Biden Promises an Additional $500 Million in Controversial Aid

Biden Promises an Additional $500 Million in Controversial Aid

( – President Biden visited Kyiv on Monday, just days before the first anniversary of Russia’s invasion. In a meeting with President Volodomyr Zelenskyy he pledged hundreds of millions of dollars in additional US aid. Ukraine can certainly use the help, but there’s growing concern about how much the administration is spending on this war.

Biden Makes Historic Visit

On February 20, Biden made his first trip to Kyiv as president. Unlike a normal presidential visit, it wasn’t announced in advance, and instead of landing in Air Force One, he traveled from the Polish border by train. When he arrived, Biden joined Zelenskyy in laying flowers at a war memorial and gave a speech praising Ukraine’s resistance. Then he pledged more military aid to the country’s armed forces — another $500 million.

Between January and November 2022, the US sent a total of $112 billion in aid to Ukraine. Over half of that — $67 billion — was military aid, mostly weapons and equipment. The rest was split between humanitarian aid and money.

As well as the new half billion dollars, Biden also announced more deliveries of artillery ammunition, anti-tank missiles and air search radars — but he didn’t meet Zelenskyy’s requests for fighter aircraft and long-range missiles. Since the war started, Biden has been willing to send huge and expensive packages of defensive weapons, but he’s reluctant to deliver systems that would actually let Ukraine win the war. For example, he refused to send tanks until British Prime Minister Rishi Sunak went first by donating 14 British tanks.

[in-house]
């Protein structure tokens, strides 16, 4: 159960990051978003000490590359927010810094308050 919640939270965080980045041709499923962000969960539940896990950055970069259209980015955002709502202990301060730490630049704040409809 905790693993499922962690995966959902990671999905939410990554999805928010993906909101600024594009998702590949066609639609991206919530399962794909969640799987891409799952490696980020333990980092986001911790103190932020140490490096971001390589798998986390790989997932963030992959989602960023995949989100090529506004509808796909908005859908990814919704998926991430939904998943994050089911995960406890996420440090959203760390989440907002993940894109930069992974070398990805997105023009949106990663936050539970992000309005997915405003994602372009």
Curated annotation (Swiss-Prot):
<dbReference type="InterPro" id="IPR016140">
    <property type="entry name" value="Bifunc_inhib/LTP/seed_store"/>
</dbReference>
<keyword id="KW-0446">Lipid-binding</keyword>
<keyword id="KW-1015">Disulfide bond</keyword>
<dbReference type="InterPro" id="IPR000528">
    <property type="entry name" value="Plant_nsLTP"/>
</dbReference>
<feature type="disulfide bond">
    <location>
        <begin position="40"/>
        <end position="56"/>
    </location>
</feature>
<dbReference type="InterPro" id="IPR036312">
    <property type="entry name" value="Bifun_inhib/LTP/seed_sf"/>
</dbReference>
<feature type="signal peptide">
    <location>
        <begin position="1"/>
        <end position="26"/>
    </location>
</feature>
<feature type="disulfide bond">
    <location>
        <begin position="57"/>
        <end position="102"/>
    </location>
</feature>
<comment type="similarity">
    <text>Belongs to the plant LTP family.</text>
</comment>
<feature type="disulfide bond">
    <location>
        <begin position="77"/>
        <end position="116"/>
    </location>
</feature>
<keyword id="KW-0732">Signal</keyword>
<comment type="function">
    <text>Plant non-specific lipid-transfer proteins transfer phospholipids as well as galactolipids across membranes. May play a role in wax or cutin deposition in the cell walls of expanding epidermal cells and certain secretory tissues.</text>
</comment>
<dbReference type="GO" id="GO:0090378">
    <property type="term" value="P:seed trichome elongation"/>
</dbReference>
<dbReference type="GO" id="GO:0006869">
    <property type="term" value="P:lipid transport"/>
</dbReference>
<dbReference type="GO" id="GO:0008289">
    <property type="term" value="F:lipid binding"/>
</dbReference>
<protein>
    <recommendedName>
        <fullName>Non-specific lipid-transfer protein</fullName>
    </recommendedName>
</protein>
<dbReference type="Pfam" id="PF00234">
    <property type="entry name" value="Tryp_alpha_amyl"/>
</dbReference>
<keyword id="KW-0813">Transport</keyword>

Is This Costing Too Much?

Americans are usually happy to defend freedom in other countries, but the eye-watering cost of defending Ukraine is causing second thoughts. The latest polling shows that most people still think the US should support the country against the invasion, but enthusiasm for actually spending money is fading. Last May, three months into the war, 60% of Americans thought we should be sending weapons; now that’s down to 48%. Support for other actions, including taking in refugees, funding the Ukrainian government and even imposing sanctions on Russia, is also down.

Some experts are concerned that cash — or even weapons — could be redirected by corrupt officials in Kyiv. Others simply look at our own fragile economy and think all that money could be put to better use at home. The percentage who think sanctioning Russia is more important than protecting our own economy has fallen sharply. Most Americans still want Ukraine to be free, but not at this price.

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